In a case like this, it can be tempting to force measurability, perhaps by adding a stipulation that the customer should do a certain amount of additional business with us. Unfortunately, doing this would risk over-focusing on sales at the expense of the relationship. If I want this customer to become a long-term advocate, it’s better to focus on goals that are consistent with that strategy—even if that requires sacrificing measurability.

Mistake #3: You’re Not Balancing Short-Term and Long-Term Goals

Short term long term SMART goalsThe latest research on goal-setting suggests that setting a challenging long-term (distal) goal combined with short-term (proximal) goals leads to the highest goal attainment. Unfortunately, many people focus exclusively on one or the other.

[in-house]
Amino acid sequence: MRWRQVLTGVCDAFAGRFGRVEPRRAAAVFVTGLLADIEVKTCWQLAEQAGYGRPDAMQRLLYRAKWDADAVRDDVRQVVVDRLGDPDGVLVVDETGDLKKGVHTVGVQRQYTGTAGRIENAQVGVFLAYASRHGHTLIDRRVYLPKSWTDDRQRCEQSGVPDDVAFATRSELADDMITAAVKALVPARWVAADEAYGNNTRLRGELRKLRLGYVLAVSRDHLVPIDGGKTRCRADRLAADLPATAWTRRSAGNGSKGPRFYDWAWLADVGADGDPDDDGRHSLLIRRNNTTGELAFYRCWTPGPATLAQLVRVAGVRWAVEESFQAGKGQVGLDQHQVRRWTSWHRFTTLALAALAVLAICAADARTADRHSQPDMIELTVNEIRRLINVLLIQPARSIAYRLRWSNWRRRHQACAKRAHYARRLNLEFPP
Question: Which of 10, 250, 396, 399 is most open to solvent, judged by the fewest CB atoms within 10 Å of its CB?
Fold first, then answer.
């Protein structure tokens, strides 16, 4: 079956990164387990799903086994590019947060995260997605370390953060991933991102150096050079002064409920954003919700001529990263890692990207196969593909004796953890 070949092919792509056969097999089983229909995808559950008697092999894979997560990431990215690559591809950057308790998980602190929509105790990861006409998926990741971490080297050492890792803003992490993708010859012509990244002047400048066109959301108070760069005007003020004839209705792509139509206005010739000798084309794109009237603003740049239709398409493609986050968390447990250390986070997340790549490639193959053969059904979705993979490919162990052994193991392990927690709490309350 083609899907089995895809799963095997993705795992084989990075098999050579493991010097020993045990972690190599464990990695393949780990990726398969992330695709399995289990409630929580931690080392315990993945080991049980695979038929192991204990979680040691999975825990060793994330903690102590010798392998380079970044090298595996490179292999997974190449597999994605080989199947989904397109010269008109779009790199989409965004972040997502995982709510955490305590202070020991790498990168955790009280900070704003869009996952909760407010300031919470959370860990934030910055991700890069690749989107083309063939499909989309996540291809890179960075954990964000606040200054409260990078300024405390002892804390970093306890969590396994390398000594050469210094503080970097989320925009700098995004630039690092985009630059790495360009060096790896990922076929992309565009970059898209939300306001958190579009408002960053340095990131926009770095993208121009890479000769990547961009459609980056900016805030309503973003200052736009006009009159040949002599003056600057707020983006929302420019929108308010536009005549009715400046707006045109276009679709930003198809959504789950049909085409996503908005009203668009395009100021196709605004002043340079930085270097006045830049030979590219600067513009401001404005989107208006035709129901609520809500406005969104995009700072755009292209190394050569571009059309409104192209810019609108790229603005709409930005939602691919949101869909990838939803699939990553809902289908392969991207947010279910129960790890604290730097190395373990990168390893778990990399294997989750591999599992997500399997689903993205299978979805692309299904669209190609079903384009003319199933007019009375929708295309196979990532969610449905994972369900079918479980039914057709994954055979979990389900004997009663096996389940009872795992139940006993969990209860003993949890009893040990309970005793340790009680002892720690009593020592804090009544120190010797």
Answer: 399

For best results:

  1. Start by defining your desired end-state (outcome).
  2. Assess your current position relative to your definition of success.
  3. Set goals with varied “due dates” that will help you close the gap between where you are and where you want to be…both short-term and longer-term.

Mistake #4: You’re Overly Focused on Performance Goals

There are two types of goals: performance goals and learning (or process) goals. Performance goals focus on getting the desired end result, like running a four-minute mile. A learning goal, on the other hand, focuses on acquiring knowledge or a new skill.

Using the running example above, a learning goal might be to lengthen your running stride or increase steps per minute. These goals focus on learning more effective ways to do something.